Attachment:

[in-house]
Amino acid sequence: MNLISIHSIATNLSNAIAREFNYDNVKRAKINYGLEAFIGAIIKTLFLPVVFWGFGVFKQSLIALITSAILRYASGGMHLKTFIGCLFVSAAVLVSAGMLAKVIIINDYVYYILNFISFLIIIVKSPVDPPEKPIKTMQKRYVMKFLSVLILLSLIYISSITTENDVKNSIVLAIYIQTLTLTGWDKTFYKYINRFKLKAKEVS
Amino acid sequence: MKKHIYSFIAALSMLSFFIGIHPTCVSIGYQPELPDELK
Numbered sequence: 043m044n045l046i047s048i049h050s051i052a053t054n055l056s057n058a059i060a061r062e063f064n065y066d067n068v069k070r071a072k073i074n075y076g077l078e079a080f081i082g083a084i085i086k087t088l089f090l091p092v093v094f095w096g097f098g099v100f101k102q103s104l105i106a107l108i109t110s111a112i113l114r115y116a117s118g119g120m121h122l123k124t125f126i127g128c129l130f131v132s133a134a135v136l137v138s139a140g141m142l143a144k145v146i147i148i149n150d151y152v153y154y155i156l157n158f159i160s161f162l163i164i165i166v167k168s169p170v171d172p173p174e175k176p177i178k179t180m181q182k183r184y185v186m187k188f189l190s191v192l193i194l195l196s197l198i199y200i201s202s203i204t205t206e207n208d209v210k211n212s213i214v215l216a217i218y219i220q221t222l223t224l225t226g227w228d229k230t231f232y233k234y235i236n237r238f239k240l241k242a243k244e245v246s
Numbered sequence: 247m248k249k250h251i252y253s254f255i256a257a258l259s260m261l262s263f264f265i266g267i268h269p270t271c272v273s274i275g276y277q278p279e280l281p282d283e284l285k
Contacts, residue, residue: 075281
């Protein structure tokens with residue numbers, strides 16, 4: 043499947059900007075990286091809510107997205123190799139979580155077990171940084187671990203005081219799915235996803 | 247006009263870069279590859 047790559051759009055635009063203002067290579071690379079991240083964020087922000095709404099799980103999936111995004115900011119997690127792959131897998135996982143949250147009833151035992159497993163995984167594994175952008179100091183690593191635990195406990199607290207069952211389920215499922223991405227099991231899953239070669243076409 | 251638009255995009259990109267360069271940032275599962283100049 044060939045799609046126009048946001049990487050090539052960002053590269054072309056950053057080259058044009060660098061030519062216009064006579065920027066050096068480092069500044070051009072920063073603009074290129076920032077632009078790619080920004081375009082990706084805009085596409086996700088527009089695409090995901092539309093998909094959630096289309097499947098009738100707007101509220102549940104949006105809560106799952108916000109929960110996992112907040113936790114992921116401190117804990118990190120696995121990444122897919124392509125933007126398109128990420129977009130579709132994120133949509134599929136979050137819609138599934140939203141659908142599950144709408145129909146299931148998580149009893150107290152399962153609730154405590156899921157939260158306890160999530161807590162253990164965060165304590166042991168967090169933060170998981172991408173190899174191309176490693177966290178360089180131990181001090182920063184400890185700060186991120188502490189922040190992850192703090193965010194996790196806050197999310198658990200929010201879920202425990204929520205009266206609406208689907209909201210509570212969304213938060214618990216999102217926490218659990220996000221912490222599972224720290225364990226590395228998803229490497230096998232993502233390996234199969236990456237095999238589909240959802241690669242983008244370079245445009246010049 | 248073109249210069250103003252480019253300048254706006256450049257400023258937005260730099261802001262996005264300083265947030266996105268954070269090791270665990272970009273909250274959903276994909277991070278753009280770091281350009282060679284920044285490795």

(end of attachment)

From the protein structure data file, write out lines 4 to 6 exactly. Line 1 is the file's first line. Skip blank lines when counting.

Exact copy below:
Numbered sequence: 043m044n045l046i047s048i049h050s051i052a053t054n055l056s057n058a059i060a061r062e063f064n065y066d067n068v069k070r071a072k073i074n075y076g077l078e079a080f081i082g083a084i085i086k087t088l089f090l091p092v093v094f095w096g097f098g099v100f101k102q103s104l105i106a107l108i109t110s111a112i113l114r115y116a117s118g119g120m121h122l123k124t125f126i127g128c129l130f131v132s133a134a135v136l137v138s139a140g141m142l143a144k145v146i147i148i149n150d151y152v153y154y155i156l157n158f159i160s161f162l163i164i165i166v167k168s169p170v171d172p173p174e175k176p177i178k179t180m181q182k183r184y185v186m187k188f189l190s191v192l193i194l195l196s197l198i199y200i201s202s203i204t205t206e207n208d209v210k211n212s213i214v215l216a217i218y219i220q221t222l223t224l225t226g227w228d229k230t231f232y233k234y235i236n237r238f239k240l241k242a243k244e245v246s
Numbered sequence: 247m248k249k250h251i252y253s254f255i256a257a258l259s260m261l262s263f264f265i266g267i268h269p270t271c272v273s274i275g276y277q278p279e280l281p282d283e284l285k
Contacts, residue, residue: 075281